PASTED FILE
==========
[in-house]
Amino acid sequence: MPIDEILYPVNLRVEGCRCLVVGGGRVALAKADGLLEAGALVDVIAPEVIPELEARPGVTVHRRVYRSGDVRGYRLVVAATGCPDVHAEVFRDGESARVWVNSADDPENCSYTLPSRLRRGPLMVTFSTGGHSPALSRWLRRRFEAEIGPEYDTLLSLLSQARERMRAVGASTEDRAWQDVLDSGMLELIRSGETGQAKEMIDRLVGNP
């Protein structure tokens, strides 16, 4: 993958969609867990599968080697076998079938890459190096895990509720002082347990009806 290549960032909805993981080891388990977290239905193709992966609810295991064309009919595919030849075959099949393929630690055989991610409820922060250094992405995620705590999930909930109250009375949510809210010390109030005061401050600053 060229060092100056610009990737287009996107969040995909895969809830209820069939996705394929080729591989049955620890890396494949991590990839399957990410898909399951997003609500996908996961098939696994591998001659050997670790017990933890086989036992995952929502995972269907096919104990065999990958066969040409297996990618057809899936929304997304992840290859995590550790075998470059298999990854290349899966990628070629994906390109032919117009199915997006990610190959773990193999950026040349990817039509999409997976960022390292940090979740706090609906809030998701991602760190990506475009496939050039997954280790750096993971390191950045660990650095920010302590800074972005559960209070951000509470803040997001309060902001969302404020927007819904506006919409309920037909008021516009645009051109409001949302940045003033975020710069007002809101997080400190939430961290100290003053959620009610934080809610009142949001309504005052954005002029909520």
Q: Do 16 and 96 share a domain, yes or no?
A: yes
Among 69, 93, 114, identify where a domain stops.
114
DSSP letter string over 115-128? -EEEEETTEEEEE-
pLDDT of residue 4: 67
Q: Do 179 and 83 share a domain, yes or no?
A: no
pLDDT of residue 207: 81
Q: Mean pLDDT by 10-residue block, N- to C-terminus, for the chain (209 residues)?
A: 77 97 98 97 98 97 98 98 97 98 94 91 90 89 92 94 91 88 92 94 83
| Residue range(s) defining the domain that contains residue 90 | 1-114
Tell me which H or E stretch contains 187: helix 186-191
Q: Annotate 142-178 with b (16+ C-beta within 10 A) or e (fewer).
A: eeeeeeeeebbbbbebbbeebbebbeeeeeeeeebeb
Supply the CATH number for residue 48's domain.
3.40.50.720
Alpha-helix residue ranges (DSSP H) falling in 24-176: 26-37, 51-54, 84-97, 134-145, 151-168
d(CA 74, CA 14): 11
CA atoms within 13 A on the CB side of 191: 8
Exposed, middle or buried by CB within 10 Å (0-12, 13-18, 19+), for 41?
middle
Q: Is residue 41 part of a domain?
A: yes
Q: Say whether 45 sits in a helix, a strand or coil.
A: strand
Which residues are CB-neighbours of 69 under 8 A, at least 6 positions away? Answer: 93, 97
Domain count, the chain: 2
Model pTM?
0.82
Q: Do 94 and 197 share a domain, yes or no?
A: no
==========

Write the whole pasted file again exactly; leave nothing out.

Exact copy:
[in-house]
Amino acid sequence: MPIDEILYPVNLRVEGCRCLVVGGGRVALAKADGLLEAGALVDVIAPEVIPELEARPGVTVHRRVYRSGDVRGYRLVVAATGCPDVHAEVFRDGESARVWVNSADDPENCSYTLPSRLRRGPLMVTFSTGGHSPALSRWLRRRFEAEIGPEYDTLLSLLSQARERMRAVGASTEDRAWQDVLDSGMLELIRSGETGQAKEMIDRLVGNP
């Protein structure tokens, strides 16, 4: 993958969609867990599968080697076998079938890459190096895990509720002082347990009806 290549960032909805993981080891388990977290239905193709992966609810295991064309009919595919030849075959099949393929630690055989991610409820922060250094992405995620705590999930909930109250009375949510809210010390109030005061401050600053 060229060092100056610009990737287009996107969040995909895969809830209820069939996705394929080729591989049955620890890396494949991590990839399957990410898909399951997003609500996908996961098939696994591998001659050997670790017990933890086989036992995952929502995972269907096919104990065999990958066969040409297996990618057809899936929304997304992840290859995590550790075998470059298999990854290349899966990628070629994906390109032919117009199915997006990610190959773990193999950026040349990817039509999409997976960022390292940090979740706090609906809030998701991602760190990506475009496939050039997954280790750096993971390191950045660990650095920010302590800074972005559960209070951000509470803040997001309060902001969302404020927007819904506006919409309920037909008021516009645009051109409001949302940045003033975020710069007002809101997080400190939430961290100290003053959620009610934080809610009142949001309504005052954005002029909520």
Q: Do 16 and 96 share a domain, yes or no?
A: yes
Among 69, 93, 114, identify where a domain stops.
114
DSSP letter string over 115-128? -EEEEETTEEEEE-
pLDDT of residue 4: 67
Q: Do 179 and 83 share a domain, yes or no?
A: no
pLDDT of residue 207: 81
Q: Mean pLDDT by 10-residue block, N- to C-terminus, for the chain (209 residues)?
A: 77 97 98 97 98 97 98 98 97 98 94 91 90 89 92 94 91 88 92 94 83
| Residue range(s) defining the domain that contains residue 90 | 1-114
Tell me which H or E stretch contains 187: helix 186-191
Q: Annotate 142-178 with b (16+ C-beta within 10 A) or e (fewer).
A: eeeeeeeeebbbbbebbbeebbebbeeeeeeeeebeb
Supply the CATH number for residue 48's domain.
3.40.50.720
Alpha-helix residue ranges (DSSP H) falling in 24-176: 26-37, 51-54, 84-97, 134-145, 151-168
d(CA 74, CA 14): 11
CA atoms within 13 A on the CB side of 191: 8
Exposed, middle or buried by CB within 10 Å (0-12, 13-18, 19+), for 41?
middle
Q: Is residue 41 part of a domain?
A: yes
Q: Say whether 45 sits in a helix, a strand or coil.
A: strand
Which residues are CB-neighbours of 69 under 8 A, at least 6 positions away? Answer: 93, 97
Domain count, the chain: 2
Model pTM?
0.82
Q: Do 94 and 197 share a domain, yes or no?
A: no